MuskogeePhoenix.com, Muskogee, OK

Local News

July 13, 2014

SUNDAY EXTRA: Women inmates see hope in program

It works through counseling, peer discussions

TAFT —  Sarah Adamson was not ordered by the court to take part in the Helping Women Recover program at Dr. Eddie Warrior Correctional Center, but she desperately wanted in the program.

“I had to fight my way in,” said the 39-year-old mother of two, who is in prison on drug-related convictions.

Many of the 950 women in the medium-security facility are there because of drugs, but there are only 20 spots available in the Helping Women Recover program at Eddie Warrior.

“There’s a large need for rehabilitation,” Adamson said.

There are two Helping Women Recover programs at prisons in Oklahoma. The other is at Mabel Bassett Correctional Center in McLoud. The program has been in use at the Taft prison about five years, said Judith Beck, program director and therapist for the past three years.

Funding for the program is provided not by the state, but by the George Kaiser Family Foundation, a charitable organization based in Tulsa. Beck is employed by the foundation and has more than 20 years experience. At the prison, she is considered a volunteer, she said.

Participants in the program receive intense treatment through group and individual sessions. Each group meets for 16 weeks. Ten of the participants attend morning group sessions, and the others attend in the afternoons, Beck said.

The program is based on treatment models in other states, Beck said.

The program currently includes one therapist, with the support of the Department of Corrections Unit Manager Sandra Gandy and Case Manager Ayesha Gouthier, who also teachers another program, “Thinking for a Change.”

“Helping Women Recover,” a book by Stephanie S. Covington, is the basis for the program, Beck said. The program focuses on domestic violence, relapse prevention and 12 steps.

In addition to counseling, the program offers participants an outlet, the opportunity to talk to each other and know that they are not alone in what they are going through, Beck said.

Successful participation in the program can reduce the length of their prison sentences, she said.

Adamson is faced with a lengthy sentence. Although she has the option of filing for a 12-month review and asking the court to look at her sentence again and release her, she hasn’t decided whether she will do that.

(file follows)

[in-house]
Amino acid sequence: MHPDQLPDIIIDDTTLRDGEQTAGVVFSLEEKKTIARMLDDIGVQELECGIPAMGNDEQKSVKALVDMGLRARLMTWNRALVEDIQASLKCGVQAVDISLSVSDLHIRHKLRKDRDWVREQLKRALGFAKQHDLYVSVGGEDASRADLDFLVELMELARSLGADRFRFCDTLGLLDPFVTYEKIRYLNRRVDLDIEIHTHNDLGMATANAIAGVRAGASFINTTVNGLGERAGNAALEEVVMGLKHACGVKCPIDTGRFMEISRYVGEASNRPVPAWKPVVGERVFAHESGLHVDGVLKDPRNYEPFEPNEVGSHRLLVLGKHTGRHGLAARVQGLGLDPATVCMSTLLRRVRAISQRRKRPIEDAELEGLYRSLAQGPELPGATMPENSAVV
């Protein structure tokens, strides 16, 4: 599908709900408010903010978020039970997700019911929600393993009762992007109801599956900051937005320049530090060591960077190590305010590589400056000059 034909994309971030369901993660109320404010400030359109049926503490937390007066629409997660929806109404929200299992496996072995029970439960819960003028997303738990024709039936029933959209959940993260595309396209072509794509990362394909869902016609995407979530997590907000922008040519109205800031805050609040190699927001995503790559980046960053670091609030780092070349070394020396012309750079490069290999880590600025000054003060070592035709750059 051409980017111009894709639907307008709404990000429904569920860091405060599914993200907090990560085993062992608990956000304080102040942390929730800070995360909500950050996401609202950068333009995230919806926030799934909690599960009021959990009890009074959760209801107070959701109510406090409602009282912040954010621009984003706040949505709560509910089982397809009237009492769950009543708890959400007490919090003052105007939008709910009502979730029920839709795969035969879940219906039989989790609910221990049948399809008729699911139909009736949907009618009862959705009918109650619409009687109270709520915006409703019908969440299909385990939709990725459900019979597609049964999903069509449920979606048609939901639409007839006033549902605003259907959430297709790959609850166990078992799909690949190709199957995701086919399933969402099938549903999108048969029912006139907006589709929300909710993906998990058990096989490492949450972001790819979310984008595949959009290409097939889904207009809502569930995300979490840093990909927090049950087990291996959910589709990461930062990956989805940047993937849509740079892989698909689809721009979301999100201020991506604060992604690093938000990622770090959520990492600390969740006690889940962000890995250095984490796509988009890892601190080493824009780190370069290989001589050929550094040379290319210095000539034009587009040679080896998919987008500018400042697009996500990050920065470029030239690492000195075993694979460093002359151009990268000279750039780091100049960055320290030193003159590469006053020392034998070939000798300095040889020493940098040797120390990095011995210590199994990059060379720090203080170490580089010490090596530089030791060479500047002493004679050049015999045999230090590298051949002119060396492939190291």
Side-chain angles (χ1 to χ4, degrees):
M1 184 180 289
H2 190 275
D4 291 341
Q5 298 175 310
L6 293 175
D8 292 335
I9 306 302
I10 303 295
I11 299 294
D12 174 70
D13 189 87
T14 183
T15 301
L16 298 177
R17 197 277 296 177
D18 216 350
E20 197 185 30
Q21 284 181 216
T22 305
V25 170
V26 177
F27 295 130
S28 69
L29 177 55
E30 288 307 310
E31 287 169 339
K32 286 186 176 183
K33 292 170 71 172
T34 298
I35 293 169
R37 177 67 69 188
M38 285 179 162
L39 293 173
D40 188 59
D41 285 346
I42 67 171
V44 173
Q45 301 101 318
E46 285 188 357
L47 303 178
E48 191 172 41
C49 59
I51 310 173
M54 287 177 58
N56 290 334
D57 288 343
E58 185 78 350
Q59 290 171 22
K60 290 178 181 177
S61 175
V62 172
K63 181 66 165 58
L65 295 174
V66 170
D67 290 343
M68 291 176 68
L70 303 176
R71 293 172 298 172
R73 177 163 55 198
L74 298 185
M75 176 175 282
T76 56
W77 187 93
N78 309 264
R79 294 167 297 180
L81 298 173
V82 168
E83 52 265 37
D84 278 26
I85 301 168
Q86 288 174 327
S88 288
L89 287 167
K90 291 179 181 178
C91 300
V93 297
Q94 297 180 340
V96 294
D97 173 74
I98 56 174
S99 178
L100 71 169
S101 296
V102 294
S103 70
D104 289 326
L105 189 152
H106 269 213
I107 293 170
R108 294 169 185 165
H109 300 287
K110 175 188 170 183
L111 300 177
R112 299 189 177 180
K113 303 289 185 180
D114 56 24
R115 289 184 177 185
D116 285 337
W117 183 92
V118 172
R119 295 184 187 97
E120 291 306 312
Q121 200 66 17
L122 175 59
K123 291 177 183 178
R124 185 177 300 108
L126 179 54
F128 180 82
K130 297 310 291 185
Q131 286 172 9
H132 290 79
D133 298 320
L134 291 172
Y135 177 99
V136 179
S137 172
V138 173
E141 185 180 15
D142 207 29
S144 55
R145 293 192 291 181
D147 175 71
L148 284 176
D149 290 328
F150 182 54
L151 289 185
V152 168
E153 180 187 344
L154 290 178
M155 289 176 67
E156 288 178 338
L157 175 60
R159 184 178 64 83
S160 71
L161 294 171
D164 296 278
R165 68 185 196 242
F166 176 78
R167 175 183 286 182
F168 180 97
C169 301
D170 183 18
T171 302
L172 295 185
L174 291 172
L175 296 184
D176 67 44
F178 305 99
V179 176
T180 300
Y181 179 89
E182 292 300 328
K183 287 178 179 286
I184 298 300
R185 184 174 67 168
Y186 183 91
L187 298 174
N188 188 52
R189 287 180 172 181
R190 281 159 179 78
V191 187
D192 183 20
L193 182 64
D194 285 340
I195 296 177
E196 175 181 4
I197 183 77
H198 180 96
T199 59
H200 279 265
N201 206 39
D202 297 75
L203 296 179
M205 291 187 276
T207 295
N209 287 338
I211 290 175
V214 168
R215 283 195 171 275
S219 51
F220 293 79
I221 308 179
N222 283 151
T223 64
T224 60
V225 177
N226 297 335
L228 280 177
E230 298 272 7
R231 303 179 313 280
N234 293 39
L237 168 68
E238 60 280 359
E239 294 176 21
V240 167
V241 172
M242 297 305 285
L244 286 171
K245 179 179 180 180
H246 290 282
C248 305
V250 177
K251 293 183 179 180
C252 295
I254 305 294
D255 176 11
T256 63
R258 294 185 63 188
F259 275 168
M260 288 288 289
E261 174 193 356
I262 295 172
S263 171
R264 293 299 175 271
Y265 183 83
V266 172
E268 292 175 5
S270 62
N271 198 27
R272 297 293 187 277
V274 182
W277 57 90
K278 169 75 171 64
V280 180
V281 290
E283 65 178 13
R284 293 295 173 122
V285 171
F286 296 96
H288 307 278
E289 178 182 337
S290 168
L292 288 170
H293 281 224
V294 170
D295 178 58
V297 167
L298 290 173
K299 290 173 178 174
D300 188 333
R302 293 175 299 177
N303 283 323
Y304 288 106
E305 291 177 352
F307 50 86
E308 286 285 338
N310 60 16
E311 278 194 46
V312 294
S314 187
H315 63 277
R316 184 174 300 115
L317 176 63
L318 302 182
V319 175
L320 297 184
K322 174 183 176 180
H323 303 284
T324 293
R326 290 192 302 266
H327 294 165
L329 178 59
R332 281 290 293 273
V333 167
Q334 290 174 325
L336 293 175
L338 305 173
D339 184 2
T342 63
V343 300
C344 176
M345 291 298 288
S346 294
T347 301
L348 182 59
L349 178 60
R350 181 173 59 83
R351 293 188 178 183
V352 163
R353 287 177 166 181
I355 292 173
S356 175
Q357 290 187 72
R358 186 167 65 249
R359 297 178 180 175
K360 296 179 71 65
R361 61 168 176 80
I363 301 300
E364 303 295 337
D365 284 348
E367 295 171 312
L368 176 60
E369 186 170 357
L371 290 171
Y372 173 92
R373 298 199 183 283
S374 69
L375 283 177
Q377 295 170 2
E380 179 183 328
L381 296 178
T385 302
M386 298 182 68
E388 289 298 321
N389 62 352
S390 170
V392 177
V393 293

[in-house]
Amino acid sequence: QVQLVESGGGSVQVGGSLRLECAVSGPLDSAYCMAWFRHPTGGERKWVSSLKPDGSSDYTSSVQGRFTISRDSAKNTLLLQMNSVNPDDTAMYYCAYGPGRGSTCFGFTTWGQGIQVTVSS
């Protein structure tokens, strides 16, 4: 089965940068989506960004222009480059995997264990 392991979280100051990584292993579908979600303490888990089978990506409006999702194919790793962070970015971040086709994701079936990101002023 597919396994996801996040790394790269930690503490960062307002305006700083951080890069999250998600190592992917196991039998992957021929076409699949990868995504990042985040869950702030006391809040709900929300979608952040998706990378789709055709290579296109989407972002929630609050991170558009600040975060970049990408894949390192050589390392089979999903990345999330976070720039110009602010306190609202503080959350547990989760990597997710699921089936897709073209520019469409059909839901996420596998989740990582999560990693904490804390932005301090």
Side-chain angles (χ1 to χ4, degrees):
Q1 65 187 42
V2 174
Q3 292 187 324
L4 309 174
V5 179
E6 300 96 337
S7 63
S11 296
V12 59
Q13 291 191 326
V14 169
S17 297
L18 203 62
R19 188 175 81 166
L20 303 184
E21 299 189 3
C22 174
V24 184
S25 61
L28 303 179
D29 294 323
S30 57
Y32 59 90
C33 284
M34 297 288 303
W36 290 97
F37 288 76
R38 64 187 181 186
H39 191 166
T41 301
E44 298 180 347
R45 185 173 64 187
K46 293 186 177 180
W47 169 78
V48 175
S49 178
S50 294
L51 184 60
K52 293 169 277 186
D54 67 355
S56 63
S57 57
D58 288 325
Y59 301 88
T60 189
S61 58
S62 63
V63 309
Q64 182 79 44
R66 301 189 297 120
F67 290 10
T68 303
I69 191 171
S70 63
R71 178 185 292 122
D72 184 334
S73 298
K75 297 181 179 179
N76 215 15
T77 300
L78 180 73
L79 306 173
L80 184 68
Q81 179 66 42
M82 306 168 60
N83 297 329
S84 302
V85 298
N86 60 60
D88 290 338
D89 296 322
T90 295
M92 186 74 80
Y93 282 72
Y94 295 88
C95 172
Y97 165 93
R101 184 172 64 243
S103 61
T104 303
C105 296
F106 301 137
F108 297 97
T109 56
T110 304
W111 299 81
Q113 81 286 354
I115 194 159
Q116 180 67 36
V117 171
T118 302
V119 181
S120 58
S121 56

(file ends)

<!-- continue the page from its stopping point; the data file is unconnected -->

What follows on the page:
She said she needs to attend the program and wants to get as much out of the program as possible.

“So, when I walk out these doors, I want to walk out with confidence that I’ll never come back,” Adamson said.

The program is giving her “a lot of coping skills,” she said.

She said she is “extremely co-dependent” and takes on too much of everyone else’s problems, then forgets to take care of herself. She turns to drugs as an outlet, she said.

“I tend to make impulsive decisions without thinking about the consequences,” she said. “That’s what we’re working on. That’s one of my treatment goals.”

She said she is interested in the program’s intense relapse program “because I’ve had long periods of sobriety. So my biggest fear is relapse, and that’s something I need to understand. That way I don’t have to go through this again.”

Adamson, whose daughter is 23 and son is 13, believes the program is helping her. She said she believes her son thinks so too. During a recent visit with his mother, he told her she looked different.  

“He told me that I had a light in my eyes that wasn’t there the last time he saw me,” she said. “That made me feel so good inside.”

Amber Sweet believes the program saved her life. She, too, is serving time at Eddie Warrior on drug-related charges. As part of her prison sentence, she was ordered to participate in the Helping Women Recover program.

According to her conditions of her sentence, once Sweet successfully completes the program, she will be going home to McAlester. The 24-year-old mother of four girls, ages 5, 4, 3 and 1, is scheduled for release in September.

Sweet said she is learning how to deal with issues that caused her to become involved in drugs. When she is released, she will have other issues to face.

She is learning how to handle a traumatic event in her life that occurred about three years ago — her 3-month-old daughter was murdered in 2011.

“This program, it helps you in many different ways,” she said. “It gets to the very bottom of what started your addiction.”

She said the program is giving her the skills to be a better person and to learn she doesn’t have to use drugs to deal with pain and grieving.

She also has received skills to help her deal with issues at home.

The program has taught her the word “no” is in her vocabulary, “and I need to learn how to say it and walk away,” she said.

Reach Anita Reding at (918) 684-2903 or areding@muskogeephoenix.com.

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